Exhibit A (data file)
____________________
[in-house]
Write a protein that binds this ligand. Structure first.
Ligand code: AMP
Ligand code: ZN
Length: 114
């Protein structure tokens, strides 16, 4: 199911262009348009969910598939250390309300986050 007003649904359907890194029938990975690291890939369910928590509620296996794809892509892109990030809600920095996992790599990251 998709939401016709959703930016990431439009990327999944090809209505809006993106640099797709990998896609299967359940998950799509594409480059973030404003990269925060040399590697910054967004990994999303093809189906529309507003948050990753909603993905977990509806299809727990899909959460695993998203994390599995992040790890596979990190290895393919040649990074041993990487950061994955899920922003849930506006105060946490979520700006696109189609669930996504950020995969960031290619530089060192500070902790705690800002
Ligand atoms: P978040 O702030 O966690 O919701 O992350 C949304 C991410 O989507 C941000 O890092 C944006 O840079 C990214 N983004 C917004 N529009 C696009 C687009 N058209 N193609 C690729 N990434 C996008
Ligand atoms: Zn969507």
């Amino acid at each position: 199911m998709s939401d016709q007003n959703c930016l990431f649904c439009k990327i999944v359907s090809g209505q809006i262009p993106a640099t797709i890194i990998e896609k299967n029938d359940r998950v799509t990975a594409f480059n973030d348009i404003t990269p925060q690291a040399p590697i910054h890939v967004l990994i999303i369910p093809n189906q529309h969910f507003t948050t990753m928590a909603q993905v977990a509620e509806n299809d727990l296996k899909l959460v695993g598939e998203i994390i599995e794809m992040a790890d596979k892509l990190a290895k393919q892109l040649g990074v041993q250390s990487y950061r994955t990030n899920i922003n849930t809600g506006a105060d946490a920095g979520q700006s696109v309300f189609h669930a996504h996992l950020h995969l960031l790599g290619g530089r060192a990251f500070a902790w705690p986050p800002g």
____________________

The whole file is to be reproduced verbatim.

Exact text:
[in-house]
Write a protein that binds this ligand. Structure first.
Ligand code: AMP
Ligand code: ZN
Length: 114
């Protein structure tokens, strides 16, 4: 199911262009348009969910598939250390309300986050 007003649904359907890194029938990975690291890939369910928590509620296996794809892509892109990030809600920095996992790599990251 998709939401016709959703930016990431439009990327999944090809209505809006993106640099797709990998896609299967359940998950799509594409480059973030404003990269925060040399590697910054967004990994999303093809189906529309507003948050990753909603993905977990509806299809727990899909959460695993998203994390599995992040790890596979990190290895393919040649990074041993990487950061994955899920922003849930506006105060946490979520700006696109189609669930996504950020995969960031290619530089060192500070902790705690800002
Ligand atoms: P978040 O702030 O966690 O919701 O992350 C949304 C991410 O989507 C941000 O890092 C944006 O840079 C990214 N983004 C917004 N529009 C696009 C687009 N058209 N193609 C690729 N990434 C996008
Ligand atoms: Zn969507």
């Amino acid at each position: 199911m998709s939401d016709q007003n959703c930016l990431f649904c439009k990327i999944v359907s090809g209505q809006i262009p993106a640099t797709i890194i990998e896609k299967n029938d359940r998950v799509t990975a594409f480059n973030d348009i404003t990269p925060q690291a040399p590697i910054h890939v967004l990994i999303i369910p093809n189906q529309h969910f507003t948050t990753m928590a909603q993905v977990a509620e509806n299809d727990l296996k899909l959460v695993g598939e998203i994390i599995e794809m992040a790890d596979k892509l990190a290895k393919q892109l040649g990074v041993q250390s990487y950061r994955t990030n899920i922003n849930t809600g506006a105060d946490a920095g979520q700006s696109v309300f189609h669930a996504h996992l950020h995969l960031l790599g290619g530089r060192a990251f500070a902790w705690p986050p800002g």